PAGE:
Ooty, a hill town with the right mix of heritage, culture and scenic view points, never once failed to amaze me. On a whim, I chose Ooty and took off from Bangalore on a Friday night. My earliest memory of the trip is waking up in the bus at 05:30 am to see a bunch of foreigners clicking pictures and recording videos frantically, as if the stunning landscapes seen outside the window would melt into the mist and never come again. The bus was majorly filled with tourists and I felt the excitement cutting through the air.
I reached my beloved Ooty at 08:00 am, ready to take in whatever the ‘Blue Mountains’ town had to offer. After a hearty breakfast prepared by mom, my first stop was at St. Stephen’s Church.
Built in 1830’s the church stands tall amidst the vast expanse of land filled with blooming flowers of various colors. The building painted yellow and green is perfectly in tune with the refreshing pale green vegetation that surrounds the church. Some of the structures were once looted and brought from Tipu’s Mysore palace by the Britishers. The church also houses many beautiful paintings. ‘The Lord at the gate of Heaven’ is one among those.
Having made the right choice by starting off at St. Stephen’s church, with bundles of energy and curiosity, I set out on the streets to explore Ooty.
As I strolled past the houses of different sizes perched on top of hills called munds, half covered by mist, I was suddenly struck by the fragrance that emerged from wild flowers growing on either sides of the road. This was accompanied by a tinge of Eucalyptus. By then, I was trying hard only to inhale so that I can take-in the scent as much as I possibly can. This divinity in fragrance is something that I had never experienced before!
I realized, one of the must-experiences in Ooty is ‘Nilgiris tea’ prepared at small stalls on every street. Sold for Rs. 5 per cup, made from indigenous tea powder, it stirs your senses which otherwise would be made numb by the bone biting chilliness of this hilly town.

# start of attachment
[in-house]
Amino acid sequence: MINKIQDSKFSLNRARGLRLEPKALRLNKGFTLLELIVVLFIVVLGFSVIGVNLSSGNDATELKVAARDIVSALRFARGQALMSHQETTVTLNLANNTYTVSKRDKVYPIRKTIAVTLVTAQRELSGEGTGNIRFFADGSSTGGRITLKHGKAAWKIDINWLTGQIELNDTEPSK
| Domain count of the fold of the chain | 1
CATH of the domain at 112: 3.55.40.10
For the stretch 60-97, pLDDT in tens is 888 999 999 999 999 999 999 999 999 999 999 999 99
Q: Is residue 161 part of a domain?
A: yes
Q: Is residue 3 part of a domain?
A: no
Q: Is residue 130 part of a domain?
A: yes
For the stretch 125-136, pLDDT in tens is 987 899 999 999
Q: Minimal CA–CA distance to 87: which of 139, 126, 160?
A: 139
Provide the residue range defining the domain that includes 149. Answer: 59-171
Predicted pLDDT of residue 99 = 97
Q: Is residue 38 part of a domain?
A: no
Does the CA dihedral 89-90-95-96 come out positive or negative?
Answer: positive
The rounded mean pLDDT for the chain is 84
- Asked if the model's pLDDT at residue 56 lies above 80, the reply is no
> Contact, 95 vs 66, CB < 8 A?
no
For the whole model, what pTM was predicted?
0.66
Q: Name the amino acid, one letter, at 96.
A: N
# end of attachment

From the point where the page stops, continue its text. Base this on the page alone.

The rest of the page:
The town houses a number of colonial buildings with their typical colors red and white, all built between the periods 1834 to 1900s. Best example is The Nilgiris library built-in 1859 that has about 10,000 books just on travel. On probing a little, I was told, members of this library are from all parts of India, some from outside India too! Credit goes to the rarest collection of books that are still duly preserved. Other charming colonial buildings are the Breeks School, Higginbothams Library, District court complex to name a few.
The teeny-weeny tea shops, historical British buildings, city municipal market that bustles with activity selling fresh vegetables and fruits throughout the day, wild flowers in bold colors all around, to top it, the weather – all these make Ooty a refreshing break. Seeing groups of students and tourists stroll the market with hi-tech cameras to freeze the beauty was also an engaging sight in itself.
All said and done, I am still aware that experiences in Ooty does not end here. A ride in the World Heritage Nilgiri mountain rail, cycling around Ooty Lake, shopping plants of indigenous variety, visit to the Bee museum, a day with the earliest tribal settlers of Ooty: Todas, all these remind me that yet another visit to the ‘Queen of hills’ is due soon.